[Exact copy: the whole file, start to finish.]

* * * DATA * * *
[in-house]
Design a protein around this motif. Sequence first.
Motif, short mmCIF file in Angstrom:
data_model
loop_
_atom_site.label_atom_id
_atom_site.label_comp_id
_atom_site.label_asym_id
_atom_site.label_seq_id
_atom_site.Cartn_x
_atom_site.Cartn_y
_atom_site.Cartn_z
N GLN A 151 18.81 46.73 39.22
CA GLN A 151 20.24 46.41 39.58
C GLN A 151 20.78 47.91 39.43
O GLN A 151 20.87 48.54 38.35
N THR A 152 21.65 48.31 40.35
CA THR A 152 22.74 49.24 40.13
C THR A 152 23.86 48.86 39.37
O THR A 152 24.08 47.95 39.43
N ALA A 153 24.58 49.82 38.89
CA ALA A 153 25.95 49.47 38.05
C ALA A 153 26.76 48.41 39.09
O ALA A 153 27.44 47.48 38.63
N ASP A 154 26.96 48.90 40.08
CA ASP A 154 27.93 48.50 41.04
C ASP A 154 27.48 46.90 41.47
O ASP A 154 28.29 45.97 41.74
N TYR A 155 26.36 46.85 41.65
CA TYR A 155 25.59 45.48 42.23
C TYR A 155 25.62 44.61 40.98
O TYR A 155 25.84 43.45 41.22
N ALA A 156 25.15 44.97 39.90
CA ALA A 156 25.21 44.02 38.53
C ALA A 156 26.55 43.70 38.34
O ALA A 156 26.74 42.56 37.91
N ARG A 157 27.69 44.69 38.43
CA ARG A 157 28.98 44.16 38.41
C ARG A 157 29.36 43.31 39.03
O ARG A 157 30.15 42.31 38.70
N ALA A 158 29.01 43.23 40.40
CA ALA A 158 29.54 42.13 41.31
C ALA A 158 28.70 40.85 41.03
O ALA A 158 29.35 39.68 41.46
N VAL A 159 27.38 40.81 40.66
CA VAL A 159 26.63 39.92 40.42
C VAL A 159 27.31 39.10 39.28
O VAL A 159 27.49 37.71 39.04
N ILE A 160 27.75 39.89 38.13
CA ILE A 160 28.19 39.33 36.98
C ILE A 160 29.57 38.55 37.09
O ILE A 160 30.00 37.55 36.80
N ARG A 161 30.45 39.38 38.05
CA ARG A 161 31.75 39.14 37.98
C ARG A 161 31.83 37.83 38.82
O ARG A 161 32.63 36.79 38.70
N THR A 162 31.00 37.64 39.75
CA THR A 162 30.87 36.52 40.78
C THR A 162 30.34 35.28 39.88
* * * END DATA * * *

[in-house]
Design a protein around this motif. Sequence first.
Motif, short mmCIF file in Angstrom:
data_model
loop_
_atom_site.label_atom_id
_atom_site.label_comp_id
_atom_site.label_asym_id
_atom_site.label_seq_id
_atom_site.Cartn_x
_atom_site.Cartn_y
_atom_site.Cartn_z
N GLN A 151 18.81 46.73 39.22
CA GLN A 151 20.24 46.41 39.58
C GLN A 151 20.78 47.91 39.43
O GLN A 151 20.87 48.54 38.35
N THR A 152 21.65 48.31 40.35
CA THR A 152 22.74 49.24 40.13
C THR A 152 23.86 48.86 39.37
O THR A 152 24.08 47.95 39.43
N ALA A 153 24.58 49.82 38.89
CA ALA A 153 25.95 49.47 38.05
C ALA A 153 26.76 48.41 39.09
O ALA A 153 27.44 47.48 38.63
N ASP A 154 26.96 48.90 40.08
CA ASP A 154 27.93 48.50 41.04
C ASP A 154 27.48 46.90 41.47
O ASP A 154 28.29 45.97 41.74
N TYR A 155 26.36 46.85 41.65
CA TYR A 155 25.59 45.48 42.23
C TYR A 155 25.62 44.61 40.98
O TYR A 155 25.84 43.45 41.22
N ALA A 156 25.15 44.97 39.90
CA ALA A 156 25.21 44.02 38.53
C ALA A 156 26.55 43.70 38.34
O ALA A 156 26.74 42.56 37.91
N ARG A 157 27.69 44.69 38.43
CA ARG A 157 28.98 44.16 38.41
C ARG A 157 29.36 43.31 39.03
O ARG A 157 30.15 42.31 38.70
N ALA A 158 29.01 43.23 40.40
CA ALA A 158 29.54 42.13 41.31
C ALA A 158 28.70 40.85 41.03
O ALA A 158 29.35 39.68 41.46
N VAL A 159 27.38 40.81 40.66
CA VAL A 159 26.63 39.92 40.42
C VAL A 159 27.31 39.10 39.28
O VAL A 159 27.49 37.71 39.04
N ILE A 160 27.75 39.89 38.13
CA ILE A 160 28.19 39.33 36.98
C ILE A 160 29.57 38.55 37.09
O ILE A 160 30.00 37.55 36.80
N ARG A 161 30.45 39.38 38.05
CA ARG A 161 31.75 39.14 37.98
C ARG A 161 31.83 37.83 38.82
O ARG A 161 32.63 36.79 38.70
N THR A 162 31.00 37.64 39.75
CA THR A 162 30.87 36.52 40.78
C THR A 162 30.34 35.28 39.88